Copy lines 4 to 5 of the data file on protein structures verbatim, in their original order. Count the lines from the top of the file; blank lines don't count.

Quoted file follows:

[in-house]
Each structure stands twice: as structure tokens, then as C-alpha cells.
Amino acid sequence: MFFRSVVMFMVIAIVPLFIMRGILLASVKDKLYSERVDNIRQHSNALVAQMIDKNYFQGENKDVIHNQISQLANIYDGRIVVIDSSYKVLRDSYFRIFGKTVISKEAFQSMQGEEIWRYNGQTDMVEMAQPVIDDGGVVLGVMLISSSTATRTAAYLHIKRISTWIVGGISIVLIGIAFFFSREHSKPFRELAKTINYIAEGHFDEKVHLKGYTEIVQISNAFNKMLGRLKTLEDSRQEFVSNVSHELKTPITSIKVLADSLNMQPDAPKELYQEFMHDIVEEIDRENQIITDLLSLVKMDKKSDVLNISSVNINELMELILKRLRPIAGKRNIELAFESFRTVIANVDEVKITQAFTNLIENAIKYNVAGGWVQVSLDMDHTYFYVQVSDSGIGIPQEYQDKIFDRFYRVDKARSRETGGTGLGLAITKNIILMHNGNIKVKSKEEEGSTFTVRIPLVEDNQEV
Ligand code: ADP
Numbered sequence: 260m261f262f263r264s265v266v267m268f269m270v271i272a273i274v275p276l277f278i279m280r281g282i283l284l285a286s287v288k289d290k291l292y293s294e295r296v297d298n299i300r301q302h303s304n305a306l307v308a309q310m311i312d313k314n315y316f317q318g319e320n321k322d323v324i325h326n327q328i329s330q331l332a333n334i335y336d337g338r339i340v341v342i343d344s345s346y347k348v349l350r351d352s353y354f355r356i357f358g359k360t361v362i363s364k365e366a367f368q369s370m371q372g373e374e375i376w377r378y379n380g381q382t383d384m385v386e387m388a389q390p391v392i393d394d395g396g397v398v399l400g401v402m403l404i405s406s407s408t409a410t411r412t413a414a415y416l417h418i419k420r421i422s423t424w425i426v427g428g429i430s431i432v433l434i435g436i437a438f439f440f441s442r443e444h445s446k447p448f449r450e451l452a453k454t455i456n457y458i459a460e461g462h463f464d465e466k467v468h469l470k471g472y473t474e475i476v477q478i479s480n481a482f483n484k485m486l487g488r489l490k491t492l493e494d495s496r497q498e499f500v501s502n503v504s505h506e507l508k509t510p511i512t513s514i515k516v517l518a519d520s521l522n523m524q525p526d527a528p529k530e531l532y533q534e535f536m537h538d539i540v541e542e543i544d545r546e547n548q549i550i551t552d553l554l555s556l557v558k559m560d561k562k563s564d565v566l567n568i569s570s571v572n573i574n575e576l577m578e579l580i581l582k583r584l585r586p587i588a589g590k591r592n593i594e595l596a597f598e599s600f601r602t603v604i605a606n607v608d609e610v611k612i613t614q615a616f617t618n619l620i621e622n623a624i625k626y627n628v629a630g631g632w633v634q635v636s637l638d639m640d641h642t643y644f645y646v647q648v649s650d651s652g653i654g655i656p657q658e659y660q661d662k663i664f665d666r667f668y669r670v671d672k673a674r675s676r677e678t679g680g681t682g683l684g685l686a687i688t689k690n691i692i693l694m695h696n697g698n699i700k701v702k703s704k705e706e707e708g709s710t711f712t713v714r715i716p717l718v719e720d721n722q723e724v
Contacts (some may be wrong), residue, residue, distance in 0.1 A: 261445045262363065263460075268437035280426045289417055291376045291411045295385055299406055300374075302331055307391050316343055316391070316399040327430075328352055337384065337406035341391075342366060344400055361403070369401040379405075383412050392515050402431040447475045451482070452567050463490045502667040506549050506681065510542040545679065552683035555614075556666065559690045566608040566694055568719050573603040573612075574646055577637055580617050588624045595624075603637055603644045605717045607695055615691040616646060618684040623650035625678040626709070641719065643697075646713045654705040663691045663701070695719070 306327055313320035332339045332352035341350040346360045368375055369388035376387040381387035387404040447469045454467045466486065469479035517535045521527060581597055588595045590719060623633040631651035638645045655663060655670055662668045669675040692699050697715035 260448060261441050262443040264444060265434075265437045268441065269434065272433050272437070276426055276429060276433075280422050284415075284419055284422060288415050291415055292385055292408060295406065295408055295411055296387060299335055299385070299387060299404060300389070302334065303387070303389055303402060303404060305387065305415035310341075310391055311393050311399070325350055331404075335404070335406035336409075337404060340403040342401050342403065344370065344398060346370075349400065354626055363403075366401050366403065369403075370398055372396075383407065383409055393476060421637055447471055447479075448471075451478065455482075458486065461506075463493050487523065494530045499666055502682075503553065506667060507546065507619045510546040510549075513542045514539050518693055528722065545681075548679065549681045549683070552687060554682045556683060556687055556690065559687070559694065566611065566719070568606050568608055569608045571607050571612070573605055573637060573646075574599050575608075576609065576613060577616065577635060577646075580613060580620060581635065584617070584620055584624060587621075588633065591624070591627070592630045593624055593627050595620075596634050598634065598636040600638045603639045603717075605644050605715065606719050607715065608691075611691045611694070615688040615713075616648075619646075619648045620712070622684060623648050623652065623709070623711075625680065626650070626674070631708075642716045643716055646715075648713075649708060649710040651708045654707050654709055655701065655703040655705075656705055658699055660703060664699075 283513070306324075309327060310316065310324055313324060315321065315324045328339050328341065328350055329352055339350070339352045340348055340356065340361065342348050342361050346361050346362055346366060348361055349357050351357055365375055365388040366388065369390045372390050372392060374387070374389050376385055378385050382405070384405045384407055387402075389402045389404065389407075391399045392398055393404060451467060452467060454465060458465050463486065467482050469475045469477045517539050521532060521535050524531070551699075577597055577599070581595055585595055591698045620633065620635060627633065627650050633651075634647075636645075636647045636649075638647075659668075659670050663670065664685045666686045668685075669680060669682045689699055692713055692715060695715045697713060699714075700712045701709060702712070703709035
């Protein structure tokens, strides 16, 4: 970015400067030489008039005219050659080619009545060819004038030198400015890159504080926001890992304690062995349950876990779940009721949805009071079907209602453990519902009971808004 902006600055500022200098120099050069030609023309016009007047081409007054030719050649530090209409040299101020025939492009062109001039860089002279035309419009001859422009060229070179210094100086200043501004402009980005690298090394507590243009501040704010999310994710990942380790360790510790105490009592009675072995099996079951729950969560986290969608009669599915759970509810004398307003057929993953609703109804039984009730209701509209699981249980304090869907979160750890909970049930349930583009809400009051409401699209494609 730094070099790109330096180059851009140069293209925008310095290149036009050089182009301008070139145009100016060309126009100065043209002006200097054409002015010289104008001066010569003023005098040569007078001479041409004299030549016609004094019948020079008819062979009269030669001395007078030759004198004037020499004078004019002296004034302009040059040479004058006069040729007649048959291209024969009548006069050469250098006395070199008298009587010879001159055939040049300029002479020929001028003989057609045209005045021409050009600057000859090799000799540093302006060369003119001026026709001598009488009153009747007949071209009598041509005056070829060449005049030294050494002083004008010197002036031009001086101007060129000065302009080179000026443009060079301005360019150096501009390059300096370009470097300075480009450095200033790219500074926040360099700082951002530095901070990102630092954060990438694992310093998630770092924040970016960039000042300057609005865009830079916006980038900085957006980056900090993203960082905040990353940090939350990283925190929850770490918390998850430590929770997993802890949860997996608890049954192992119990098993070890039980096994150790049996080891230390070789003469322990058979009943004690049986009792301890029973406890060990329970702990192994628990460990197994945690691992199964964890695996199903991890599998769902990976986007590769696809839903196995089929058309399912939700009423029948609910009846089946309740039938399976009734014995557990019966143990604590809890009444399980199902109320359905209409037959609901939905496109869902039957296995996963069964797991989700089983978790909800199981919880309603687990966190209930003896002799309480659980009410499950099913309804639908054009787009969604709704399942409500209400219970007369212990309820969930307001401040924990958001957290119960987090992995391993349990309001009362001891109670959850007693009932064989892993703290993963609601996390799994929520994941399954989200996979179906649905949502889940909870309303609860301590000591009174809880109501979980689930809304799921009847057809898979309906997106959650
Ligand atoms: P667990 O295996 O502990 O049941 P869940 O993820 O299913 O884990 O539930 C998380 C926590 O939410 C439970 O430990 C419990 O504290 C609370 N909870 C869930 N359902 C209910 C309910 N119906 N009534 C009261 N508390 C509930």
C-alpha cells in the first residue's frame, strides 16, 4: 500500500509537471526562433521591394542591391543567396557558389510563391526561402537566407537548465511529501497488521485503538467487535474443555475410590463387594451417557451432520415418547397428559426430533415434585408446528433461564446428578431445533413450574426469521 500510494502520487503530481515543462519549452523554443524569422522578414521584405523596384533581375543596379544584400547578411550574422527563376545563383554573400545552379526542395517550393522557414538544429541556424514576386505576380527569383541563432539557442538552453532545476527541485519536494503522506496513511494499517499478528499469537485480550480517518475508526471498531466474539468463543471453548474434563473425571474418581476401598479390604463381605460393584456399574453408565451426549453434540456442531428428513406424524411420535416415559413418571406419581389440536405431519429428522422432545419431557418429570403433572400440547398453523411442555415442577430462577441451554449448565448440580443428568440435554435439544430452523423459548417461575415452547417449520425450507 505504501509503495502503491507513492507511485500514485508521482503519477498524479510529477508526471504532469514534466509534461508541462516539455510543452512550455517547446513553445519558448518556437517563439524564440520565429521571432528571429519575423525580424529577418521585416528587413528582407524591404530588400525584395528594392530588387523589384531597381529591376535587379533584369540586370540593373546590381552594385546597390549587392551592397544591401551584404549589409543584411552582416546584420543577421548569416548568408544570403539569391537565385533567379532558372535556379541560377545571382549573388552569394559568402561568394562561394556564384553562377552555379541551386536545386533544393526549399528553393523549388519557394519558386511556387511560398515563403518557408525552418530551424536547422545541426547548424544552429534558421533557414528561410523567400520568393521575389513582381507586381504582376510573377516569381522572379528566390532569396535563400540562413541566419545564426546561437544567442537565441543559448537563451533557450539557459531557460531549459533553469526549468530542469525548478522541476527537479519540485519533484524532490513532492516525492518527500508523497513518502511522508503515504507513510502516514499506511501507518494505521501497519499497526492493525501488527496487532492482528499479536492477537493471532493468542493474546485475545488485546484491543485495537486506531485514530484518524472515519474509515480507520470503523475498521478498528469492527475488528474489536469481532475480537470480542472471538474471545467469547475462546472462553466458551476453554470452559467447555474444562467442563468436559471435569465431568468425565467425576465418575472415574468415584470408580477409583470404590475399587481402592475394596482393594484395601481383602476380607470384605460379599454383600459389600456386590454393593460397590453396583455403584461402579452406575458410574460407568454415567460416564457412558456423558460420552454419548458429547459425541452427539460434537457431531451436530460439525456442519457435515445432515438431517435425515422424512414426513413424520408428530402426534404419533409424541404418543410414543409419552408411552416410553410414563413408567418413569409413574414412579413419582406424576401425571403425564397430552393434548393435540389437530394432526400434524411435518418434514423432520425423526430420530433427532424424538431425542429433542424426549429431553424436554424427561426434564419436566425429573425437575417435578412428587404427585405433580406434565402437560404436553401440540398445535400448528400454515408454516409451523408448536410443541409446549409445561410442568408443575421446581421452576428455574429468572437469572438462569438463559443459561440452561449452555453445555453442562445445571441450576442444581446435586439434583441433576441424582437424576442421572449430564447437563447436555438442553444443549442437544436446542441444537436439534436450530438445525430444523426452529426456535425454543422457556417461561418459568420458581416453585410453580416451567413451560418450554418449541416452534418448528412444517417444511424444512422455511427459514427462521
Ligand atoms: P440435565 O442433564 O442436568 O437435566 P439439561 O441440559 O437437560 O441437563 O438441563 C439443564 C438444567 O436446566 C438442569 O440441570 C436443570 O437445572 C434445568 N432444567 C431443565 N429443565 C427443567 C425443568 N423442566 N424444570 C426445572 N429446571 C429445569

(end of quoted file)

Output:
Ligand code: ADP
Numbered sequence: 260m261f262f263r264s265v266v267m268f269m270v271i272a273i274v275p276l277f278i279m280r281g282i283l284l285a286s287v288k289d290k291l292y293s294e295r296v297d298n299i300r301q302h303s304n305a306l307v308a309q310m311i312d313k314n315y316f317q318g319e320n321k322d323v324i325h326n327q328i329s330q331l332a333n334i335y336d337g338r339i340v341v342i343d344s345s346y347k348v349l350r351d352s353y354f355r356i357f358g359k360t361v362i363s364k365e366a367f368q369s370m371q372g373e374e375i376w377r378y379n380g381q382t383d384m385v386e387m388a389q390p391v392i393d394d395g396g397v398v399l400g401v402m403l404i405s406s407s408t409a410t411r412t413a414a415y416l417h418i419k420r421i422s423t424w425i426v427g428g429i430s431i432v433l434i435g436i437a438f439f440f441s442r443e444h445s446k447p448f449r450e451l452a453k454t455i456n457y458i459a460e461g462h463f464d465e466k467v468h469l470k471g472y473t474e475i476v477q478i479s480n481a482f483n484k485m486l487g488r489l490k491t492l493e494d495s496r497q498e499f500v501s502n503v504s505h506e507l508k509t510p511i512t513s514i515k516v517l518a519d520s521l522n523m524q525p526d527a528p529k530e531l532y533q534e535f536m537h538d539i540v541e542e543i544d545r546e547n548q549i550i551t552d553l554l555s556l557v558k559m560d561k562k563s564d565v566l567n568i569s570s571v572n573i574n575e576l577m578e579l580i581l582k583r584l585r586p587i588a589g590k591r592n593i594e595l596a597f598e599s600f601r602t603v604i605a606n607v608d609e610v611k612i613t614q615a616f617t618n619l620i621e622n623a624i625k626y627n628v629a630g631g632w633v634q635v636s637l638d639m640d641h642t643y644f645y646v647q648v649s650d651s652g653i654g655i656p657q658e659y660q661d662k663i664f665d666r667f668y669r670v671d672k673a674r675s676r677e678t679g680g681t682g683l684g685l686a687i688t689k690n691i692i693l694m695h696n697g698n699i700k701v702k703s704k705e706e707e708g709s710t711f712t713v714r715i716p717l718v719e720d721n722q723e724v